In recent weeks Jeremy Corbyn, who had been written off by pollsters, has been faring surprisingly well.
Perhaps it will be a blip, and Theresa May will win handsomely as originally predicted, on June 8.
Or perhaps it is indicative of a genuine shift towards the Labour leader.
The prime minister has not been having a good campaign.
At the Ulster Unionist Party manifesto launch yesterday, the party leader Robin Swann (after questioning from the News Letter) said that he could not see Mr Corbyn as a prime minister. He had at first seemed perhaps hesitant on ruling out supporting Mr Corbyn in a coalition, but when he then spoke more emphatically about Mr Corbyn’s unsuitedness to Downing Street, there was applause and cries of ‘hear hear’.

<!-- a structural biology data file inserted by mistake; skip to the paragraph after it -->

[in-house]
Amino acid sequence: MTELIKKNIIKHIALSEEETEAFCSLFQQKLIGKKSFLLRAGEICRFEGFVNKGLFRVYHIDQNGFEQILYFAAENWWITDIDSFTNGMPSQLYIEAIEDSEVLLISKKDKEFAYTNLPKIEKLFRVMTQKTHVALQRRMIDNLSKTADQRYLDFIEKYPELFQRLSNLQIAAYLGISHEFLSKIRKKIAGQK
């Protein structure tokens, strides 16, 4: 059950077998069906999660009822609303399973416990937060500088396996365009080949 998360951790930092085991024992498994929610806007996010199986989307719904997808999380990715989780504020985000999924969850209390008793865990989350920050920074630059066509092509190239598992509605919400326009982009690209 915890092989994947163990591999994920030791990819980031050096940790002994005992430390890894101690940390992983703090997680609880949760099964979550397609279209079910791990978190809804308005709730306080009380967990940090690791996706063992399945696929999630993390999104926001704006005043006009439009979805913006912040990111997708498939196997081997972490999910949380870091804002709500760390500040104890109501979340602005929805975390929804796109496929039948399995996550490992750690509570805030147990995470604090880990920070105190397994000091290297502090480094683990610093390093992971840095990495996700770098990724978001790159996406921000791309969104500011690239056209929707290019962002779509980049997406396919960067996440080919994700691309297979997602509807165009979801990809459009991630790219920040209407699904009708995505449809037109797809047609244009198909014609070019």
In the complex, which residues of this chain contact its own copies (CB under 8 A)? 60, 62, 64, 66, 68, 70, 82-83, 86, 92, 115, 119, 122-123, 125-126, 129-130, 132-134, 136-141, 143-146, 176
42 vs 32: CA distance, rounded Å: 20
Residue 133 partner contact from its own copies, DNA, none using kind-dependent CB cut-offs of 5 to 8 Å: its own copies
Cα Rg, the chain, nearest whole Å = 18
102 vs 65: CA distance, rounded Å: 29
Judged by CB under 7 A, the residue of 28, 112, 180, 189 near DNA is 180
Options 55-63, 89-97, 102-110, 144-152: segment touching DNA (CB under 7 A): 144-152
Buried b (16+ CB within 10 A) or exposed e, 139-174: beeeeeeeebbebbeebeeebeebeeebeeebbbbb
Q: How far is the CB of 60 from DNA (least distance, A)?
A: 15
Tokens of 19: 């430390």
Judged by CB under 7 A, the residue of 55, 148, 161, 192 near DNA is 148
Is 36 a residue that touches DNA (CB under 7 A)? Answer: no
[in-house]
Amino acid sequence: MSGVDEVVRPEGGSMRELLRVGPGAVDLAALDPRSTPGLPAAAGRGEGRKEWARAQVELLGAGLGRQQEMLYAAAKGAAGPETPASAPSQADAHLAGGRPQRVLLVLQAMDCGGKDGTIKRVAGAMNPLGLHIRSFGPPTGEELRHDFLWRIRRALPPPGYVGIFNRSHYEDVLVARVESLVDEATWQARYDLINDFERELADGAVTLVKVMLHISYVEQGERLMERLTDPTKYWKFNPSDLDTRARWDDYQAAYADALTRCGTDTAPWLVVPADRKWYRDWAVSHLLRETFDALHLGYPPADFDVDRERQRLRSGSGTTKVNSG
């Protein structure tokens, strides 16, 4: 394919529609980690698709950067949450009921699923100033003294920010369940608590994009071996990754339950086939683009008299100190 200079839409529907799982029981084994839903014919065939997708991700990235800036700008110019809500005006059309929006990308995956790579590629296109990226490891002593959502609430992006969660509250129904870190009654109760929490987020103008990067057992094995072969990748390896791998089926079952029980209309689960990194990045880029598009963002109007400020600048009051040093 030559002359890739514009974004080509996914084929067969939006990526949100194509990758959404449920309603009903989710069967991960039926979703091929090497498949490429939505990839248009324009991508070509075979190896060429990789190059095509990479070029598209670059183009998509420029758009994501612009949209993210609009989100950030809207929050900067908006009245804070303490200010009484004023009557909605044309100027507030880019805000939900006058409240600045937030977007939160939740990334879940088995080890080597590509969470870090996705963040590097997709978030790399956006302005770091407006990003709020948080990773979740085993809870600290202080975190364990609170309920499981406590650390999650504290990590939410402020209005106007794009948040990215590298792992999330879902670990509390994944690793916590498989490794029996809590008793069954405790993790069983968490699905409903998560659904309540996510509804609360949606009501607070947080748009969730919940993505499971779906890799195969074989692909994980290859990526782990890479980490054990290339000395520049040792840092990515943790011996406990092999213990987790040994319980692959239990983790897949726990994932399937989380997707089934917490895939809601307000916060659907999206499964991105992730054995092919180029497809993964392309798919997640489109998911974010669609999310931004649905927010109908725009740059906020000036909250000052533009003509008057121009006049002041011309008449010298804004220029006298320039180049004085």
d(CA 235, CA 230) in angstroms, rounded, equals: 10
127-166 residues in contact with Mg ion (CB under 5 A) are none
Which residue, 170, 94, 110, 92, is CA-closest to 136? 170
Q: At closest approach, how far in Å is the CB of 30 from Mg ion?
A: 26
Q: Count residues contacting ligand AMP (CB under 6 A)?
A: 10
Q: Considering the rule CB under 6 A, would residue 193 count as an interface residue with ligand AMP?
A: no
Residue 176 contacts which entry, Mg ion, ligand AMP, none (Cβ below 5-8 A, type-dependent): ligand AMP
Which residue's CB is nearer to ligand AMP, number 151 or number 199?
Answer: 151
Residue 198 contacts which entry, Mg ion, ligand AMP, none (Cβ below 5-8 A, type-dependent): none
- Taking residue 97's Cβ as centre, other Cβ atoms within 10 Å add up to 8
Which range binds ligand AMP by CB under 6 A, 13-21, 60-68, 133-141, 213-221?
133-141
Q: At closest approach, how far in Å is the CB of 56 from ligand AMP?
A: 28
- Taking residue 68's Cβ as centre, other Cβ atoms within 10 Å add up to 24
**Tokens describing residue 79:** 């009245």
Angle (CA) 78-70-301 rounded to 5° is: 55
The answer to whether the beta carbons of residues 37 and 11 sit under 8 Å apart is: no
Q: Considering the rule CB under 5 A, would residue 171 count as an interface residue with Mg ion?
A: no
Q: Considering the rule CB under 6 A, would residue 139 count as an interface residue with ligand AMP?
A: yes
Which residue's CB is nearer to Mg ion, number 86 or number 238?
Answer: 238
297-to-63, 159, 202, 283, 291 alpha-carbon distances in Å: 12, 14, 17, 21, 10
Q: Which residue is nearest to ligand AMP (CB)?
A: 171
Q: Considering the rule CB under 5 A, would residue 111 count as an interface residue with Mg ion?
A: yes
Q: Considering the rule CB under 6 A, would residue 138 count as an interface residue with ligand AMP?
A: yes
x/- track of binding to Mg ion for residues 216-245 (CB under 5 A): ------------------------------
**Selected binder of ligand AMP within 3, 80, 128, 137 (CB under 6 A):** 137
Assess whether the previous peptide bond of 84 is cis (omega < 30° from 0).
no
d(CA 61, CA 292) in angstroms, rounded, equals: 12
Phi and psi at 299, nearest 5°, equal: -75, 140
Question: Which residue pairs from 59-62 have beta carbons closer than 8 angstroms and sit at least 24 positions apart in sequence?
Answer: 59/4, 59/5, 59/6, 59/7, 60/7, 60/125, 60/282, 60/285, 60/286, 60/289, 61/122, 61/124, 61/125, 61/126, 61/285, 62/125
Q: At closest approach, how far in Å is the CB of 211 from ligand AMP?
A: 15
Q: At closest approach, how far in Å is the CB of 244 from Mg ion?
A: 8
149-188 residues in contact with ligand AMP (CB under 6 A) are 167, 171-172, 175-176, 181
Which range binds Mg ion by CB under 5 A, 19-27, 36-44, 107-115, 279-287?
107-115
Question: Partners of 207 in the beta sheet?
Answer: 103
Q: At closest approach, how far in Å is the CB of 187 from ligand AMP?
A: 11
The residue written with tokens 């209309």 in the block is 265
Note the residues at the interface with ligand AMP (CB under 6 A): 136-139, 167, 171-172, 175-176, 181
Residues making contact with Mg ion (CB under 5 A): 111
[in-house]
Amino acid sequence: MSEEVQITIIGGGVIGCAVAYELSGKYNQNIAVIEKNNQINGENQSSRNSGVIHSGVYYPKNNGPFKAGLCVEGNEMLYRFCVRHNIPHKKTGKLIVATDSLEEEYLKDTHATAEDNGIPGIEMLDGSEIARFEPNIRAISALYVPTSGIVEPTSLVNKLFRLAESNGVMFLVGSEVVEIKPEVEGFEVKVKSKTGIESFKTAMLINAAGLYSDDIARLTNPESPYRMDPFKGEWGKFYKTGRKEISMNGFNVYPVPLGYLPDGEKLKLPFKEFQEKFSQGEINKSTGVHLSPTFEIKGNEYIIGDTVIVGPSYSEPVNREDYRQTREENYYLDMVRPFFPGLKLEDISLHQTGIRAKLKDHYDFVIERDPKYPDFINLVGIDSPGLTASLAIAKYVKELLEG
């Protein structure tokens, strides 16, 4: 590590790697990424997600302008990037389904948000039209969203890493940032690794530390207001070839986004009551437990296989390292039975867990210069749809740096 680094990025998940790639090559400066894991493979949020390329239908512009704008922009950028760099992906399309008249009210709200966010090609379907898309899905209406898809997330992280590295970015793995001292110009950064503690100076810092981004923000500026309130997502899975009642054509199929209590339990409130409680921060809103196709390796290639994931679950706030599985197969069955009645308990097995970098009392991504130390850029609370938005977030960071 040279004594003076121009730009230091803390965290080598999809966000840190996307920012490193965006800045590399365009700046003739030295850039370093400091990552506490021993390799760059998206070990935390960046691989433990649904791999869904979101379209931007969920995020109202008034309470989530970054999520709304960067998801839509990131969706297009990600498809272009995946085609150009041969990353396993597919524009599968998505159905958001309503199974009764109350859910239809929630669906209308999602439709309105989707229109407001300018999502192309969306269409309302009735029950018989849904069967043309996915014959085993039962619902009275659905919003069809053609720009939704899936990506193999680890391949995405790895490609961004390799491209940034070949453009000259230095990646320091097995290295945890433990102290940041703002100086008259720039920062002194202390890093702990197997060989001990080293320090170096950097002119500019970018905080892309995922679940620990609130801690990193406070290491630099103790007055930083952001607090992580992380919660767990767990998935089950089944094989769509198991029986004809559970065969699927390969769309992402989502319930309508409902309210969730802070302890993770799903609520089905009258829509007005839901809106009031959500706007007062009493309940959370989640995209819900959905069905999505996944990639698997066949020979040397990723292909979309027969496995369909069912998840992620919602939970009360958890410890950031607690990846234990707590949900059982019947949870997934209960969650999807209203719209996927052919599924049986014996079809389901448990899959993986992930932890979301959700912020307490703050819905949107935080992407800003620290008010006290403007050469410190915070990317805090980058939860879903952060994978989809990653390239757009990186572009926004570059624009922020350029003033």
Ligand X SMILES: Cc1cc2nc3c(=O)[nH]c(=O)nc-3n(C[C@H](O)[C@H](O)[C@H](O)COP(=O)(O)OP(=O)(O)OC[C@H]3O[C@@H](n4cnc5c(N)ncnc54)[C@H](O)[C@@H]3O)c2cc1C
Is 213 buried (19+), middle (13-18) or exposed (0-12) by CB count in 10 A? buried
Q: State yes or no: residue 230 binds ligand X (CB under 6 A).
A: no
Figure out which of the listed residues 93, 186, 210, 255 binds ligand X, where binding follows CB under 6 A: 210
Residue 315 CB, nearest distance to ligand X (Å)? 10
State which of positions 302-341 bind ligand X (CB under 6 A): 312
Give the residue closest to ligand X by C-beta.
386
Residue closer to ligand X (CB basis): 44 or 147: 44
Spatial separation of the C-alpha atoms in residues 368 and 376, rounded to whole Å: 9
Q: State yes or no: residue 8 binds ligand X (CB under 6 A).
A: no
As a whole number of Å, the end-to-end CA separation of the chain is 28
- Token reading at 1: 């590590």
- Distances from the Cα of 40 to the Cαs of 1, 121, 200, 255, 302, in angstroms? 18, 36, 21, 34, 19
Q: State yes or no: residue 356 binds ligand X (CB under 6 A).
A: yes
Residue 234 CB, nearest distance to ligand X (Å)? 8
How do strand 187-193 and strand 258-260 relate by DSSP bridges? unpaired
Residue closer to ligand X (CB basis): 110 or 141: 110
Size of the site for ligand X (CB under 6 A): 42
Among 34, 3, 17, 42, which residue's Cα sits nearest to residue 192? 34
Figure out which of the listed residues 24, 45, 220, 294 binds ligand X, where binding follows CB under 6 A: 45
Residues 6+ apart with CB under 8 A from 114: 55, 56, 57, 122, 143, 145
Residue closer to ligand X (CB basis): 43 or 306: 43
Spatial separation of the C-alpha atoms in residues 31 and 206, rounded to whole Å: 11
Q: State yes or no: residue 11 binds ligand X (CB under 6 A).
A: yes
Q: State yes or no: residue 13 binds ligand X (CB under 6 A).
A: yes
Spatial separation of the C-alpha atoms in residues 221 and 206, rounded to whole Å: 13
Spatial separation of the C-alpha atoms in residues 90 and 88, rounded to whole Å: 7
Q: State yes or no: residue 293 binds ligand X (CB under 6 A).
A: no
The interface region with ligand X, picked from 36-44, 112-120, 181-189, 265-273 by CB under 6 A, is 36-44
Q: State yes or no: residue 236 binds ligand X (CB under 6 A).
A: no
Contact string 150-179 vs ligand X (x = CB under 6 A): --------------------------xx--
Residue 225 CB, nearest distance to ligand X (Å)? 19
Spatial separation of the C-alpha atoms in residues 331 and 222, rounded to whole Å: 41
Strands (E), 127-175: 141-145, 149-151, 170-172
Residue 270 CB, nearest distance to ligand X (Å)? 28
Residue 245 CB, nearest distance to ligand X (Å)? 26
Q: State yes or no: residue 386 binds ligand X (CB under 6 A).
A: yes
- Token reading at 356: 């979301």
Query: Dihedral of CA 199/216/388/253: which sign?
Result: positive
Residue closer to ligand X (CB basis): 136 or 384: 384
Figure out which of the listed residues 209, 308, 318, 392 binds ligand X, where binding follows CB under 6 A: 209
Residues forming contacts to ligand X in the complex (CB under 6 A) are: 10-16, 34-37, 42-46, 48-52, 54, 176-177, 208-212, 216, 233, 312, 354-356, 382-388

There have always been Labour inclined Ulster Unionist politicians, from the late Harold McCusker to Chris McGimpsey, among many others. The UUP, like unionism, is a broad church.
But the party has traditionally been more closely aligned to the Conservatives.
Mr Corbyn is not an alarming prospect as prime minister merely because he is of the Labour Party, but specifically because he is on the hard left of that party and has been consistently ambivalent about the IRA – perhaps even supportive of it.
There has been a deluge of revelations about his consistent lobbying on behalf of republicans when they were at their most murderous.
Supporting hardcore republicans is a legitimate, although to us repellent, position.
But it would be astonishing if the British public at large thought it was acceptable in the nation’s political leader.
The arithmetic in the House of Commons might be tight on June 9, if recent surveys are reflective of the end result. But it is hard to envisage circumstances in which it would be appropriate for unionists to prop up a Corbyn premiership.